Two other issues that are highlighted are advertising and scrolling, both of which I would personally group together. Most of the scrolling that is required when browsing on a mobile device is related to advertising, where many of the advertisements cause substantial vertical scrolling in order to get to the content that you are actually interested in. One such site is PocketPC Thoughts, where if you choose the Pocket Internet Explorer One-Column layout, you are forced to scroll 80% downwards to get the content of the site.

Advertising is not the only cause of this unnecessary scrolling, but it one of the major offenders. Another group in this list are sites that use a predefined size for a div, but on mobile devices, this renders into a very skinny, long column, such as many blogs, including Asa’s blog.

Navigation is a huge one. Similar to desktops, frames should simply be avoided. For example, last week I was tracking the arrival time of my wife’s flight on Jet Blue, and I thought it was rather cool that she was going to be about 20 minutes early. I later checked the site by simply reloading the site in Firefox on my desktop, and that is when I noticed that they used frames, so instead of seeing that instead of being 20 minutes early, she was just going to be on-time, I was redirected to their start page. This is frustrating from a user experience perspective, for both refreshes and bookmarking, but on a mobile device, it gets even worst. In Pocket Internet Explorer, it usually ends up that the main content frame is the smallest frame displayed on the device; Pocket Internet Explorer deals with this by drawing huge border around each frame that allows you to (arguably) quickly resize the frames, or you can take your stylus on that frame, hold it down, and select Go To This Frame, which will focus the content that you want to read, but then you lose all the navigational content that you had previously. In other words, there is nothing that frames offer that make the user experience better; all of these techniques could be rendered with CSS and be significantly more usable and portable.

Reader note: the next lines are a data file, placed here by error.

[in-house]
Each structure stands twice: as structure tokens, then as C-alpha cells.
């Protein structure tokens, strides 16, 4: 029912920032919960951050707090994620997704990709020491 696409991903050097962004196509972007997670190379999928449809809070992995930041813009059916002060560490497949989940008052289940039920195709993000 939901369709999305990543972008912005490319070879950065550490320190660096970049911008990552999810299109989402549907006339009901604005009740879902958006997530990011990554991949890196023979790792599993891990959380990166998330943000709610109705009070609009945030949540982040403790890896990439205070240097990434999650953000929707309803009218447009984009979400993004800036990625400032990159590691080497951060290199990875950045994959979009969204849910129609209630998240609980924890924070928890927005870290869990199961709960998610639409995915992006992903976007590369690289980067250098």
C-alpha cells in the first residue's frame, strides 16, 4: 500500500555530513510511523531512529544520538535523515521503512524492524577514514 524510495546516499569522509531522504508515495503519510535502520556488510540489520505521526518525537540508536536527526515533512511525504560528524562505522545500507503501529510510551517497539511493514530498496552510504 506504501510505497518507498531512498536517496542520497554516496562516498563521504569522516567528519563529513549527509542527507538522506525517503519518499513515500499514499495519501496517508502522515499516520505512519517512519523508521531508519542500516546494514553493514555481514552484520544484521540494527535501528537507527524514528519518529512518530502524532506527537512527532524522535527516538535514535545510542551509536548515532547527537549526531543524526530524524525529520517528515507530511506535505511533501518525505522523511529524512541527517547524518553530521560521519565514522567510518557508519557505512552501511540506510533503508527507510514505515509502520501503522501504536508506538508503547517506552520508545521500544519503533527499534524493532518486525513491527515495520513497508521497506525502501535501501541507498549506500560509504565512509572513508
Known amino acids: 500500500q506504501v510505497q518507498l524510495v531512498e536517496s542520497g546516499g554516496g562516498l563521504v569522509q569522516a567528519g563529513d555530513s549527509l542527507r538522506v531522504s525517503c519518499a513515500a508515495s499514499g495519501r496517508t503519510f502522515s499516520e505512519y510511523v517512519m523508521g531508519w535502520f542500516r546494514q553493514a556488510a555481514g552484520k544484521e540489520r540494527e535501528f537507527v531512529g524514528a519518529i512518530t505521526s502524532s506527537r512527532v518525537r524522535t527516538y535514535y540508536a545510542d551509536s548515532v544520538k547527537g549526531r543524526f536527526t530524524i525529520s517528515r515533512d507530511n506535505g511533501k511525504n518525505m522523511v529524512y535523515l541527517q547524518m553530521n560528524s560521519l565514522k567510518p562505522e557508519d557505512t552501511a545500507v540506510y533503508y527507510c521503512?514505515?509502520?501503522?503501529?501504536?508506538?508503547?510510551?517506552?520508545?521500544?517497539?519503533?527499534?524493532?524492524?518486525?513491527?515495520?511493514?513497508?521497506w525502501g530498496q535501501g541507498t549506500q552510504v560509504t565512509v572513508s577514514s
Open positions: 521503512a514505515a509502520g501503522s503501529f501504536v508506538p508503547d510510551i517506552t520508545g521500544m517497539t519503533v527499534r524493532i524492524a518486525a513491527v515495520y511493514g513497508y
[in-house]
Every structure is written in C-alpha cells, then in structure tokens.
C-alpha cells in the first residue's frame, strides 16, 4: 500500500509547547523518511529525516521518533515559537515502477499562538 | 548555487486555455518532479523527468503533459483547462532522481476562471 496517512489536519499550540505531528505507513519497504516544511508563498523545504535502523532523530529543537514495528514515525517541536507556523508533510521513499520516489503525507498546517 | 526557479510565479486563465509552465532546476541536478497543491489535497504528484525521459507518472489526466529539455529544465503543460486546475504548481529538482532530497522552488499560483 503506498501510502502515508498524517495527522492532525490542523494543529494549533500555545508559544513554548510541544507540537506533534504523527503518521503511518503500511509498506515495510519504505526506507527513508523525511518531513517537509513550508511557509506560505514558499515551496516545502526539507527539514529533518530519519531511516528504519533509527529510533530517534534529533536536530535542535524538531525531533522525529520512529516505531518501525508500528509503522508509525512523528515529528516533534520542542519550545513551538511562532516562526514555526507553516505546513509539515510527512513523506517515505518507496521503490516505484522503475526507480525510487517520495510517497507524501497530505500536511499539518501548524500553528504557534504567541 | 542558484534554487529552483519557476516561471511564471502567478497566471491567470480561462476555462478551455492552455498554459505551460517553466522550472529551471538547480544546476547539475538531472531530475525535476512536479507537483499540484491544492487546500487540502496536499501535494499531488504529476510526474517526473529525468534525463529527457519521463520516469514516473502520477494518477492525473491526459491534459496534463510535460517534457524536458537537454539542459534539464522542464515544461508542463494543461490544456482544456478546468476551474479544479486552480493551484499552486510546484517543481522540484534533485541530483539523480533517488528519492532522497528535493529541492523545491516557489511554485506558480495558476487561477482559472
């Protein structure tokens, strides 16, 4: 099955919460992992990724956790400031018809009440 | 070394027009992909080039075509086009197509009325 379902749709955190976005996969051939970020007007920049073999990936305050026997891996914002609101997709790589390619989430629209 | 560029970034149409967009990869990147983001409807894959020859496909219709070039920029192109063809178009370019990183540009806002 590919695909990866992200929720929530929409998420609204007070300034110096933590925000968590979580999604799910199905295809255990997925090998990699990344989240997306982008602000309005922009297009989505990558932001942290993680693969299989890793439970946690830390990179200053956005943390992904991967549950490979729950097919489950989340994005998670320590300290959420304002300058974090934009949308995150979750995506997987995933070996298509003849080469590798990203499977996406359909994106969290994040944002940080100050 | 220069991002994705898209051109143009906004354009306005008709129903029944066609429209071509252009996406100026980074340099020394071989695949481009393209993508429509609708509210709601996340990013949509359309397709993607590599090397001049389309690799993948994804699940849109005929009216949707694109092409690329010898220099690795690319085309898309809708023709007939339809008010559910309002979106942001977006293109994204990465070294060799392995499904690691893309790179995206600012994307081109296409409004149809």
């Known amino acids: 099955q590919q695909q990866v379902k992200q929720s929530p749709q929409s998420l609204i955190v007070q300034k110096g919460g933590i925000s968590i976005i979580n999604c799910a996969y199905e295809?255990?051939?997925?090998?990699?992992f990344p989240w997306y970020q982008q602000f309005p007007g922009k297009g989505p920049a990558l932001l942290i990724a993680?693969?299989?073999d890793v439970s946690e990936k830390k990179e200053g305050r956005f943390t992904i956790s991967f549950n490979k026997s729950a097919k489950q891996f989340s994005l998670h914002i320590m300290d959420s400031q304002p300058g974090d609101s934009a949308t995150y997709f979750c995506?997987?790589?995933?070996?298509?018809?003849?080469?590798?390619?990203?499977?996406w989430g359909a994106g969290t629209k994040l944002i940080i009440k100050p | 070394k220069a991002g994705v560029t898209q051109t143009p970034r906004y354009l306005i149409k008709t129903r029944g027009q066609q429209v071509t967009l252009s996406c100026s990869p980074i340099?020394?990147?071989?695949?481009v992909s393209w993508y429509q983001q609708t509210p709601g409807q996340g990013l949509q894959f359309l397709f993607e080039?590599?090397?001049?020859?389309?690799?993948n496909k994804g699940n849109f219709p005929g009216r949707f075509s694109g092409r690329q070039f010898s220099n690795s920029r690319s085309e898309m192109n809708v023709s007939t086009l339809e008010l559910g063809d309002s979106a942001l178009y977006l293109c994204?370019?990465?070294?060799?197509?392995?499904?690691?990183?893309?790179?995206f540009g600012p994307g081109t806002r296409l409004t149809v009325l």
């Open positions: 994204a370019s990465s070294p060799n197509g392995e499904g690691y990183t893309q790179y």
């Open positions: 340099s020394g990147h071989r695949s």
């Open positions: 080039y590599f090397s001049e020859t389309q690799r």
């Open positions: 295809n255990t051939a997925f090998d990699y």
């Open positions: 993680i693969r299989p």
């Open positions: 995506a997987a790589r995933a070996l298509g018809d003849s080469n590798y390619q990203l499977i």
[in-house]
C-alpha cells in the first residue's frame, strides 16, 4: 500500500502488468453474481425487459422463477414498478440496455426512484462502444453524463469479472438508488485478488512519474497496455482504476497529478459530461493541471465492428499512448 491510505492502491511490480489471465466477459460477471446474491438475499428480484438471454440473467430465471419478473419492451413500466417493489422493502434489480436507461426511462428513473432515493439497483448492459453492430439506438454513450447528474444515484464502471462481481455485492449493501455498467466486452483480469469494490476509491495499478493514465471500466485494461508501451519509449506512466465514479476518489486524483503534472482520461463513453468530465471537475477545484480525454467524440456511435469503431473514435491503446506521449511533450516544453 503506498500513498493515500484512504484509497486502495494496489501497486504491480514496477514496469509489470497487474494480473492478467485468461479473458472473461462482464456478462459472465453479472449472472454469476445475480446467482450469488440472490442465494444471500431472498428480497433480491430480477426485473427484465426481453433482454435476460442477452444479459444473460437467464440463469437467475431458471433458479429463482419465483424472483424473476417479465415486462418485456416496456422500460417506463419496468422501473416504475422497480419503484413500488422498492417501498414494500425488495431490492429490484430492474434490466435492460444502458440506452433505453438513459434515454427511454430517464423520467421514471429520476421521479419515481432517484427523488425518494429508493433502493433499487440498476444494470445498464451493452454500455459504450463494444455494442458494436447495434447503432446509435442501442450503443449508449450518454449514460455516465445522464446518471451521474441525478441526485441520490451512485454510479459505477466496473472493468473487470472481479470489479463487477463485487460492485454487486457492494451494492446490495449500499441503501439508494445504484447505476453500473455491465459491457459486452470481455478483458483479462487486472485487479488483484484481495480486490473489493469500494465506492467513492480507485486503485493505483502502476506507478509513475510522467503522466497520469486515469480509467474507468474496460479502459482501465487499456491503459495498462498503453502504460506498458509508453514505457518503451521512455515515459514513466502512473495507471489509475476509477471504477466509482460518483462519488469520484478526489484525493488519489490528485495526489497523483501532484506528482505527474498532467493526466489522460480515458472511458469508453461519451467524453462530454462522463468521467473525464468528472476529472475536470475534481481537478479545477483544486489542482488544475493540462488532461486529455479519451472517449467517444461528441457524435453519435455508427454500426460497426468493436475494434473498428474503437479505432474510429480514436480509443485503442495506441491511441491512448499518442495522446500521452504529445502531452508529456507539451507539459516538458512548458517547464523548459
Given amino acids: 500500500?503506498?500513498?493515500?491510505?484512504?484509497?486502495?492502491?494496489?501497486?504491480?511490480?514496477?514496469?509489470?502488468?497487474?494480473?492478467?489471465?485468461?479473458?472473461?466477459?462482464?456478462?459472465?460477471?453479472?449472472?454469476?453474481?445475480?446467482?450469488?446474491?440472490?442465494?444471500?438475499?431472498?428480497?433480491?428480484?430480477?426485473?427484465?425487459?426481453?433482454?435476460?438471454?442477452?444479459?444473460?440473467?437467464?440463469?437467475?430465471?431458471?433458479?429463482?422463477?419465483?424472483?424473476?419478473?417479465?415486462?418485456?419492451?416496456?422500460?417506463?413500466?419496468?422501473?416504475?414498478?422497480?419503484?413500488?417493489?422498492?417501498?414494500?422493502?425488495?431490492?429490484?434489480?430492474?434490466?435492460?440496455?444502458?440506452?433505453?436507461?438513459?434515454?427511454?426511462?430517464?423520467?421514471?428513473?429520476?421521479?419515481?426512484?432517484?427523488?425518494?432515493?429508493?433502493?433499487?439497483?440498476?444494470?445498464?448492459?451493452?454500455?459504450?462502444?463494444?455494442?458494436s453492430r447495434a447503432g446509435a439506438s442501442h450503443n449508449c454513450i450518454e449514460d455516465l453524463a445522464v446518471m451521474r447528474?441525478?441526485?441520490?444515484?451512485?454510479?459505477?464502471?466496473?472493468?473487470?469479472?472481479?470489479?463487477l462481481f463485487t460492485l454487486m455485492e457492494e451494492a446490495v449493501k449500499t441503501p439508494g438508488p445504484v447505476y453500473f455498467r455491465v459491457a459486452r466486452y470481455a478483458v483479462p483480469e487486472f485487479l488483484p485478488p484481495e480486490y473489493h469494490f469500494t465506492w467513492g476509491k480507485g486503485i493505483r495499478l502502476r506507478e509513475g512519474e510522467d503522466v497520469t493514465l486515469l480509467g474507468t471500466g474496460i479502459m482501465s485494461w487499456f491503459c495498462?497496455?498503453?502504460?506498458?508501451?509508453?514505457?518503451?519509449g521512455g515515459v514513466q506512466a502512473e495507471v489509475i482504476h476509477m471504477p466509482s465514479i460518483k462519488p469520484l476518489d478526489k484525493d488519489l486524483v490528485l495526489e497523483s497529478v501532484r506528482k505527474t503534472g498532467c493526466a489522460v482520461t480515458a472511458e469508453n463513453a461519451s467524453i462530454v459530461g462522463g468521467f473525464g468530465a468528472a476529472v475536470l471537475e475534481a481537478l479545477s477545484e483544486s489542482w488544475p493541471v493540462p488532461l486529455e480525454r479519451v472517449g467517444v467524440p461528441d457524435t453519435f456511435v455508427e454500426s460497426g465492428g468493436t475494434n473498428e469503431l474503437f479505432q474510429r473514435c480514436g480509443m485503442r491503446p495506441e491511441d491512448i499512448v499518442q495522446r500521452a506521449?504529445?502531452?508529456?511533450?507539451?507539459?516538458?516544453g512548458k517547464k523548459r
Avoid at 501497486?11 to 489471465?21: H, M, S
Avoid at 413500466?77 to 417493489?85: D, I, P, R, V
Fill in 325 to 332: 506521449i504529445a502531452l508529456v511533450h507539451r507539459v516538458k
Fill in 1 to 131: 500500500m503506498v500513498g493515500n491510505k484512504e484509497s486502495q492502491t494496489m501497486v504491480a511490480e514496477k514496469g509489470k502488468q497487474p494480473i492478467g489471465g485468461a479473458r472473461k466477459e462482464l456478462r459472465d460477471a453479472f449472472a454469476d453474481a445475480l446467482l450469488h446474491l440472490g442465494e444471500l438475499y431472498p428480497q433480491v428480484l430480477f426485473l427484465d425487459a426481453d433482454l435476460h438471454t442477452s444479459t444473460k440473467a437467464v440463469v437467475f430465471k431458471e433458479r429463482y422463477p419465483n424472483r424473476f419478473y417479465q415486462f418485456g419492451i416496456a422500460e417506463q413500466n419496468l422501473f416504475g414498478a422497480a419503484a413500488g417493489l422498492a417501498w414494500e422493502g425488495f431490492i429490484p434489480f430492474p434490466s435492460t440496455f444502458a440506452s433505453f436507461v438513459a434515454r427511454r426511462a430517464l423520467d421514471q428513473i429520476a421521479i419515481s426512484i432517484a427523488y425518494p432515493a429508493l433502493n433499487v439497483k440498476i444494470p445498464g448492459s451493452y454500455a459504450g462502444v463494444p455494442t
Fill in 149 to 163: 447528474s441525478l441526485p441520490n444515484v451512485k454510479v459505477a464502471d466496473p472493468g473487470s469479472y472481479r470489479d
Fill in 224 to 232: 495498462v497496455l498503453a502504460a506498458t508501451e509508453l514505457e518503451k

But navigation also includes buttons like Back and Forward, or even bookmarks, and the recommendations suggest that some devices do not offer these operations. I find hiding the back button a bit odd though. The Pocket Internet Explorer interface deals with this nicely, by making the back button easily accessible, and it hides the forward and refresh button under a menu. And for the few times that I have to use those buttons, I am glad they aren't using valuable screen space.